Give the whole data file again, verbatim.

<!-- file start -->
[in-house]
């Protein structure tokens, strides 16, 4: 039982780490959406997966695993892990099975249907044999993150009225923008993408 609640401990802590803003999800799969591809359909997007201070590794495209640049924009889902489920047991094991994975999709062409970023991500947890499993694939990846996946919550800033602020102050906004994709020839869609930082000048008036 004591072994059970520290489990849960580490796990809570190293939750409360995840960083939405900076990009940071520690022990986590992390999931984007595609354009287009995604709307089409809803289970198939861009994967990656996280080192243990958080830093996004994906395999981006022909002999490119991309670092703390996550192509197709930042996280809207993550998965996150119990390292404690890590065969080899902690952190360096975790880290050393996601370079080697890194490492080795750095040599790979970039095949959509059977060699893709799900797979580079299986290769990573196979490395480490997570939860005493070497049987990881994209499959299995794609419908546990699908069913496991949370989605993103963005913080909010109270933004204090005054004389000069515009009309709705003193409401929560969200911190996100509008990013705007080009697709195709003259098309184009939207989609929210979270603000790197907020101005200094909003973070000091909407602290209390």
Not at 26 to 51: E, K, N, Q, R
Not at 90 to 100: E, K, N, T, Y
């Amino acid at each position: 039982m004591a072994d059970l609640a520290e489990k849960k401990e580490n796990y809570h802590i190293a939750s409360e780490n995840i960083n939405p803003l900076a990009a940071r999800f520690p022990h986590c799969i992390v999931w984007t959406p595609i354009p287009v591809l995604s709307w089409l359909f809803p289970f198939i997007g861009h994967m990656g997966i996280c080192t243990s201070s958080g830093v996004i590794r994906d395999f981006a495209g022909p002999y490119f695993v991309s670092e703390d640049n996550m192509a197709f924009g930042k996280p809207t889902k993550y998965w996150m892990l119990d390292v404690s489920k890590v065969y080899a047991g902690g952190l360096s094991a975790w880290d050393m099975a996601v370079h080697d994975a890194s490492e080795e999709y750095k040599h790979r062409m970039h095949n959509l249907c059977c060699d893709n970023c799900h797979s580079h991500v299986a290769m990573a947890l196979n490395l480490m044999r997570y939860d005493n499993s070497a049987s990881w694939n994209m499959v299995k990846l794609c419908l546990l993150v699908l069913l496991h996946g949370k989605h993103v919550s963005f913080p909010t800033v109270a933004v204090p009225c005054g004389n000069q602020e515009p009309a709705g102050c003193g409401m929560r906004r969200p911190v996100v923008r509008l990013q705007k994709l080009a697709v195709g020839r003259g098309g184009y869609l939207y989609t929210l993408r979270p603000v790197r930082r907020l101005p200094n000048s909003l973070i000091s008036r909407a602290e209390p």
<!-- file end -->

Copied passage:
[in-house]
């Protein structure tokens, strides 16, 4: 039982780490959406997966695993892990099975249907044999993150009225923008993408 609640401990802590803003999800799969591809359909997007201070590794495209640049924009889902489920047991094991994975999709062409970023991500947890499993694939990846996946919550800033602020102050906004994709020839869609930082000048008036 004591072994059970520290489990849960580490796990809570190293939750409360995840960083939405900076990009940071520690022990986590992390999931984007595609354009287009995604709307089409809803289970198939861009994967990656996280080192243990958080830093996004994906395999981006022909002999490119991309670092703390996550192509197709930042996280809207993550998965996150119990390292404690890590065969080899902690952190360096975790880290050393996601370079080697890194490492080795750095040599790979970039095949959509059977060699893709799900797979580079299986290769990573196979490395480490997570939860005493070497049987990881994209499959299995794609419908546990699908069913496991949370989605993103963005913080909010109270933004204090005054004389000069515009009309709705003193409401929560969200911190996100509008990013705007080009697709195709003259098309184009939207989609929210979270603000790197907020101005200094909003973070000091909407602290209390």
Not at 26 to 51: E, K, N, Q, R
Not at 90 to 100: E, K, N, T, Y
């Amino acid at each position: 039982m004591a072994d059970l609640a520290e489990k849960k401990e580490n796990y809570h802590i190293a939750s409360e780490n995840i960083n939405p803003l900076a990009a940071r999800f520690p022990h986590c799969i992390v999931w984007t959406p595609i354009p287009v591809l995604s709307w089409l359909f809803p289970f198939i997007g861009h994967m990656g997966i996280c080192t243990s201070s958080g830093v996004i590794r994906d395999f981006a495209g022909p002999y490119f695993v991309s670092e703390d640049n996550m192509a197709f924009g930042k996280p809207t889902k993550y998965w996150m892990l119990d390292v404690s489920k890590v065969y080899a047991g902690g952190l360096s094991a975790w880290d050393m099975a996601v370079h080697d994975a890194s490492e080795e999709y750095k040599h790979r062409m970039h095949n959509l249907c059977c060699d893709n970023c799900h797979s580079h991500v299986a290769m990573a947890l196979n490395l480490m044999r997570y939860d005493n499993s070497a049987s990881w694939n994209m499959v299995k990846l794609c419908l546990l993150v699908l069913l496991h996946g949370k989605h993103v919550s963005f913080p909010t800033v109270a933004v204090p009225c005054g004389n000069q602020e515009p009309a709705g102050c003193g409401m929560r906004r969200p911190v996100v923008r509008l990013q705007k994709l080009a697709v195709g020839r003259g098309g184009y869609l939207y989609t929210l993408r979270p603000v790197r930082r907020l101005p200094n000048s909003l973070i000091s008036r909407a602290e209390p």